How Businesses Angle for Good Online Reviews

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    NEWSLETTERS

    Consumers can post their reviews via their smartphones before even stepping out of the door. But NBC 7 Investigates found that some ratings on those sites can't be trusted. (Published Wednesday, Jul 24, 2013)

    When you're looking for a restaurant or hotel, or need a gardener or an auto mechanic, websites like "Yelp," "Bing" and "Google+" can be a big help.

    But NBC 7 Investigates found that some ratings on those sites might not give you the full picture.

    And one social media expert says there’s a more reliable way to get the "low-down" on a business, before you buy.

    Small businesses know how important your reviews are on social media websites.

    So they'll sometimes ask you post a compliment if you like their product.

    But Greg Van de Velde told us that moving into his downtown condo was a major headache.

    "Horrific,” he recalls. “I mean, I've never seen anything like it."

    Greg’s criticism is aimed at the ABC Moving Center, which he paid to move dozens of boxes, all of them clearly marked with their destination.

    But he says the movers left the boxes in the condo’s entryway.

    “And I'd say, 'That needs go to the garage.' And they would just turn and walk away."

    Boxes meant for the bedroom, were left in the hallway.

    "To the point where I would just have a stack of boxes, and I couldn't even get into the house what-so-ever."

    A job estimated at four hours took almost six, with Greg doing much of the work.

    "They were slow,” he says of the moving crew. “They were inefficient. One of them was talking on his phone all the time. They were bad."

    So Greg called ABC Moving’s corporate office to complain, and ask for a partial refund.

    "I was stunned when she said it."

    Greg says a manager offered to discount the company’s $400 fee, if he agreed not to post a negative review on "Yelp," Google, or any other ratings website.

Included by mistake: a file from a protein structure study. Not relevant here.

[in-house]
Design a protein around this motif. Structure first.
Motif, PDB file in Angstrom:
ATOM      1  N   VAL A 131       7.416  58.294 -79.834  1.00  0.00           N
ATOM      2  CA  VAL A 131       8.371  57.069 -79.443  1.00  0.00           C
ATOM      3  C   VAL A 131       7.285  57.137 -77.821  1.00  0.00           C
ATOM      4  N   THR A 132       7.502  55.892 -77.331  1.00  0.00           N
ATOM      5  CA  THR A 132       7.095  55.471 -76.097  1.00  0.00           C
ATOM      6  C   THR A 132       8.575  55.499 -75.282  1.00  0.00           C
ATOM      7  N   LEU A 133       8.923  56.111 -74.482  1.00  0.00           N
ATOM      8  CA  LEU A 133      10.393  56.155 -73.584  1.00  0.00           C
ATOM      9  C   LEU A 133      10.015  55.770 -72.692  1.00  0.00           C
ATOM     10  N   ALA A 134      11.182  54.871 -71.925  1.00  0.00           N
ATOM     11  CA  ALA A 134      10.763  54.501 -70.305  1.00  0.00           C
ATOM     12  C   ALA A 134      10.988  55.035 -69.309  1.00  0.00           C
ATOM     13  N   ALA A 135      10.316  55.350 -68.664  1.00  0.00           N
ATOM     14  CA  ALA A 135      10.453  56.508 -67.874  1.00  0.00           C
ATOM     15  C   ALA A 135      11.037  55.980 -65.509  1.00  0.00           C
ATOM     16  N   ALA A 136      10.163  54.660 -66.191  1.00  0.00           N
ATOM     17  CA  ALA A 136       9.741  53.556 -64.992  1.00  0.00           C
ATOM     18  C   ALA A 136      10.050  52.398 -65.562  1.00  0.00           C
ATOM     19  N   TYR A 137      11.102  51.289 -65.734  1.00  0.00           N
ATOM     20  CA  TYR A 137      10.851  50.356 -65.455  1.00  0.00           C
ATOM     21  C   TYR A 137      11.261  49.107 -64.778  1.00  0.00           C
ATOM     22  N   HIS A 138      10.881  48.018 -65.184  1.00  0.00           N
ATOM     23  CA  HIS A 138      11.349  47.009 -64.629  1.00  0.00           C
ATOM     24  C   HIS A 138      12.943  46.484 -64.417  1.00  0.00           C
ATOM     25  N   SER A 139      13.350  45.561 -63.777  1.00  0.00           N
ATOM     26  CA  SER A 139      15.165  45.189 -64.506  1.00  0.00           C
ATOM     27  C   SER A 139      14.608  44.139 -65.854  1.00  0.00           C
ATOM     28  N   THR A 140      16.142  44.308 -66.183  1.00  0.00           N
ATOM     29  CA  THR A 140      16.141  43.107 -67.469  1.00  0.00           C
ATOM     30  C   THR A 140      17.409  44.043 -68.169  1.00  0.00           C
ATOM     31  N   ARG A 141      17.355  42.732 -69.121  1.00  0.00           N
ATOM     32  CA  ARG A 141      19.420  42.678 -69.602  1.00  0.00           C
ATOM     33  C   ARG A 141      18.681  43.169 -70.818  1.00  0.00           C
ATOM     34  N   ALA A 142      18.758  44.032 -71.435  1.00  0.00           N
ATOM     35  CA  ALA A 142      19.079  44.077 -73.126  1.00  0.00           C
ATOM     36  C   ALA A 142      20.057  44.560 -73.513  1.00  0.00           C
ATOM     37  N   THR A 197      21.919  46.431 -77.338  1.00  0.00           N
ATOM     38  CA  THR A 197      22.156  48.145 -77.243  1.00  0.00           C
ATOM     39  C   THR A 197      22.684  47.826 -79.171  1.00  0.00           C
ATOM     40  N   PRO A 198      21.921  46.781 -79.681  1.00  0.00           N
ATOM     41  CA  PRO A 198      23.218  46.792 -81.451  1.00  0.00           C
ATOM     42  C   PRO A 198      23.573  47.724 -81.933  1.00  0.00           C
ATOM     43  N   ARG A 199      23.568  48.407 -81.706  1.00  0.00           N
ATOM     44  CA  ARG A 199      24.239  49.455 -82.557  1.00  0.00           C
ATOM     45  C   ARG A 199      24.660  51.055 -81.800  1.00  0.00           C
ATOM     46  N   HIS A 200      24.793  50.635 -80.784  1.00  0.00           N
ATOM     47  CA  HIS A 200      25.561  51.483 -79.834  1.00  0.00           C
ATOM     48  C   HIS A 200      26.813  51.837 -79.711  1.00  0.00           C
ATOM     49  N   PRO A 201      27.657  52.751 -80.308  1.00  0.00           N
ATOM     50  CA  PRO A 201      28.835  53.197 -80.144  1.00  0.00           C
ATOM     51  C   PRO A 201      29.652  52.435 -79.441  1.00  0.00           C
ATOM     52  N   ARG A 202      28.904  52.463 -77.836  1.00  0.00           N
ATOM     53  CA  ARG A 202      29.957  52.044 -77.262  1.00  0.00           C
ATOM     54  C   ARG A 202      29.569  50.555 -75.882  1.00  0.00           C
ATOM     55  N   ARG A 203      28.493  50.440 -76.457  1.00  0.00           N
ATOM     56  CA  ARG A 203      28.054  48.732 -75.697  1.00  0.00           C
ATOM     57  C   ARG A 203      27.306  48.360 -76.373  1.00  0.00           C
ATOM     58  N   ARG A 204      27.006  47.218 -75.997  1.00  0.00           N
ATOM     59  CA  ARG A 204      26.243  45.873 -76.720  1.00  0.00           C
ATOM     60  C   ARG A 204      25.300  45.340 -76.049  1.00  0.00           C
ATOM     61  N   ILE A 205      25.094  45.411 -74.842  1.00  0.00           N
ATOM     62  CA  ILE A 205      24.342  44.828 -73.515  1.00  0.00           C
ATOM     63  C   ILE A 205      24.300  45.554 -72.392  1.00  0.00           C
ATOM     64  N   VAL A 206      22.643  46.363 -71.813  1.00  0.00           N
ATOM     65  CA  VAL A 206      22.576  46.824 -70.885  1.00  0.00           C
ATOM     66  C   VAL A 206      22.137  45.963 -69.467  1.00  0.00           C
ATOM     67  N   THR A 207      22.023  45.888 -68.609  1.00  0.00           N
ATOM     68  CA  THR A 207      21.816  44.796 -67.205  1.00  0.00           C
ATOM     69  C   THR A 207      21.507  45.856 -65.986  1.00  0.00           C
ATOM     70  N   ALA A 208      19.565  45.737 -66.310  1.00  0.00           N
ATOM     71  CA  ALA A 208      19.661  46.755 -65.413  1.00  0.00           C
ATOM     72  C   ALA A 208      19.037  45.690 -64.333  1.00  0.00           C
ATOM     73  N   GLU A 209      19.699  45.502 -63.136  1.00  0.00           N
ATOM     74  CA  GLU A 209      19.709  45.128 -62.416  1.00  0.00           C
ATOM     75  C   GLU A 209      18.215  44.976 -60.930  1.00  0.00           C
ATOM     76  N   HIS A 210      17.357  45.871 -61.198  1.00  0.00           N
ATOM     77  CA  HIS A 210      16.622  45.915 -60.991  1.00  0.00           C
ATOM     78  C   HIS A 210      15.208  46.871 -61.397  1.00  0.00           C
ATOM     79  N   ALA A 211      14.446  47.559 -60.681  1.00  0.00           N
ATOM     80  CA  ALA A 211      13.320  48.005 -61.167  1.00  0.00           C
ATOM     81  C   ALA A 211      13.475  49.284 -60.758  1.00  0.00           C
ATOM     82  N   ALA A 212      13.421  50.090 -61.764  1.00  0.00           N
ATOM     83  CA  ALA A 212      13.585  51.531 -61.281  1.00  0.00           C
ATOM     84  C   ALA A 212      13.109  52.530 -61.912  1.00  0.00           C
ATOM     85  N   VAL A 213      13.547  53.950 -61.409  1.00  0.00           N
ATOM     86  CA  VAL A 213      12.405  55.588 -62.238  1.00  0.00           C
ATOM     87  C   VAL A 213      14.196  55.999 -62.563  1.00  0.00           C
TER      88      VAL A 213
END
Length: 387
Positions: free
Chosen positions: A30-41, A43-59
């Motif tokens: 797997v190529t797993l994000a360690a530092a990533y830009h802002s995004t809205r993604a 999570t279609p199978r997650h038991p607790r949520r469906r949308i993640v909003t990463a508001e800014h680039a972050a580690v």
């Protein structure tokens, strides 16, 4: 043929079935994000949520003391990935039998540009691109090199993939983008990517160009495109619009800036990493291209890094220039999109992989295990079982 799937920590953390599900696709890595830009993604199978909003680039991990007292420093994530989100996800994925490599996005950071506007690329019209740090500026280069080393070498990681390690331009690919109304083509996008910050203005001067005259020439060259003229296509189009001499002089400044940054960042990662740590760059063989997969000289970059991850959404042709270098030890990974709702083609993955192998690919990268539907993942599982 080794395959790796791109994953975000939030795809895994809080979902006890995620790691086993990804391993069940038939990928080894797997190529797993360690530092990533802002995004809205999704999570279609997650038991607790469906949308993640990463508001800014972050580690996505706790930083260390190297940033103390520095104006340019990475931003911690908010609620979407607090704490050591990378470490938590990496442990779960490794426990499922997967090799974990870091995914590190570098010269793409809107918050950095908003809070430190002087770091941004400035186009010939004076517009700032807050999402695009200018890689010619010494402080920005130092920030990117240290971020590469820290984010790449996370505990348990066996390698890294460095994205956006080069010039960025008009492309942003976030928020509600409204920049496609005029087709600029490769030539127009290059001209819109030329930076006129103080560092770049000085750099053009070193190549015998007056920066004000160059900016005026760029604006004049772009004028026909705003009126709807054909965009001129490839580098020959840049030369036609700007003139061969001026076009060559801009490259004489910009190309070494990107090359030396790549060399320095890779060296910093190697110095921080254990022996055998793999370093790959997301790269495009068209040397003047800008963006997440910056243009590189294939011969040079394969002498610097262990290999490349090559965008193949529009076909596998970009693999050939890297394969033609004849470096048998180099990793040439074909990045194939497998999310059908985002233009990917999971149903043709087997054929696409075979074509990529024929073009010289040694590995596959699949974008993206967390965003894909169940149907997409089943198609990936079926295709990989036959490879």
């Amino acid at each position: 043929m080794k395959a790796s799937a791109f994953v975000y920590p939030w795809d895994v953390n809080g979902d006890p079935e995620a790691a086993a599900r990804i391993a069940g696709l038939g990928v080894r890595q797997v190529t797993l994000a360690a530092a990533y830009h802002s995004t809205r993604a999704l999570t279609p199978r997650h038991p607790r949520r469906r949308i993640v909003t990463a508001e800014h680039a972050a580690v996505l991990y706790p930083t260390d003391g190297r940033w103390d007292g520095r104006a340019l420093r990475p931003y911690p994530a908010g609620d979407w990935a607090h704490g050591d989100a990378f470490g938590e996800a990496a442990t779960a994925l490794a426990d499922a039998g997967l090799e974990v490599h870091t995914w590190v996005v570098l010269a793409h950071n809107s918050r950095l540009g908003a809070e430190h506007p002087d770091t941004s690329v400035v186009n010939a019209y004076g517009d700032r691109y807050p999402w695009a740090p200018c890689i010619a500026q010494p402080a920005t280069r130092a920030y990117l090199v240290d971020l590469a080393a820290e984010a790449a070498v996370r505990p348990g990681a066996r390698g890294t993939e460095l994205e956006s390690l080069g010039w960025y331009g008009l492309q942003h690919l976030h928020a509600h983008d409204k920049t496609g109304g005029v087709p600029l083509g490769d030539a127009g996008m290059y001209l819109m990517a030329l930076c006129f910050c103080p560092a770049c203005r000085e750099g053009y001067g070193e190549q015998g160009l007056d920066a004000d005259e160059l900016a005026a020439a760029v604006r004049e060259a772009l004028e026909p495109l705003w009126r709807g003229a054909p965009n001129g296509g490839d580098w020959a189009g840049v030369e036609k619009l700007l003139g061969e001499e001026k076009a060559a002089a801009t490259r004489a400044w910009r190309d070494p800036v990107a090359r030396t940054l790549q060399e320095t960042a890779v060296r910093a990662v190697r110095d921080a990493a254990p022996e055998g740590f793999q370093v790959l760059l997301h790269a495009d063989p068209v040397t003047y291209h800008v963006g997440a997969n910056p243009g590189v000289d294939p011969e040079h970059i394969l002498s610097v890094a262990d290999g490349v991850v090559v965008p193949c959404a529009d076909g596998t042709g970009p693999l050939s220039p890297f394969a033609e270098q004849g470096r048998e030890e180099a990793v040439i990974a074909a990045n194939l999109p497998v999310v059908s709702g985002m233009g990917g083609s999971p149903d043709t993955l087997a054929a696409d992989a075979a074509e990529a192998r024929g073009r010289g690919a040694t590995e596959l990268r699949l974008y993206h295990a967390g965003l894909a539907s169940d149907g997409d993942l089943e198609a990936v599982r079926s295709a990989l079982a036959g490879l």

He also had to promise, in writing, that none of his relatives or friends would post a bad review.

    "She bought me off, yeah," he admits with an embarrassed smile.

    But Greg says that manager also taught Greg a lesson.

    He says that experience “completely undermines Yelp", and now has much less trust in web-based ratings sites.

    ABC Moving repeatedly declined our request for comment.

    We also found other, less heavy-handed attempts to influence customer ratings.

    ACE Parking offered a chance at fifty dollars in gas, for customers who posted a review on Yelp, about one of the company’s downtown San Diego parking lots.

    ACE also declined our request for comment.

    And e-mails from The Pilates Room offer free classes and a chance for a free membership, for customers who "like" the business on Facebook, and write favorable reviews on at least two websites of their choice.

    In a written response to our questions, the owner of The Pilates Room says she has discontinued that offer, but told us: "Nobody will waste their time writing a review unless they like the service being offered."

    She also guarantees that all her company’s good reviews are “authentic and honest”.

    Rebecca Coates, a social media expert in the S.D.S.U. journalism department, says ratings websites are often the first thing prospective customers see, when they search the web.

    She says companies will go to “desperate lengths" to get the best possible reviews on those sites.

    Coates says Yelp clearly warns businesses they should not offer financial incentives to generate positive reviews, or discourage negative comments.

    More importantly, she thinks those strategies can backfire, on ratings websites.

    Coates says companies should instead deal with problems head-on, with a genuine apology, and refund, when appropriate.

    "The (complaining customer) might post favorably,” Coates says. “You know, 'We had problems, but the management was gracious about it, solved our problem, gave us a refund.'"

    Coates does use Yelp and other ratings websites.

    But she avoids general reviews, good and bad, and instead looks for specific problems or compliments.

    Coates says there's another way to find the goods and services that are best for you:

    Talk with friends, or reach out to them on Facebook and Twitter.

    You have something in common with them, so their likes, and dislikes, should be similar to yours.

    And their recommendations are unfiltered.

    A spokesperson for Yelp told us the website discourages businesses from soliciting reviews and uses an automated review filter that prevents some of them from being posted.

    Yelp also confirms that its contracts prohibit companies from paying for reviews, and companies that do so can be removed from Yelp's pages.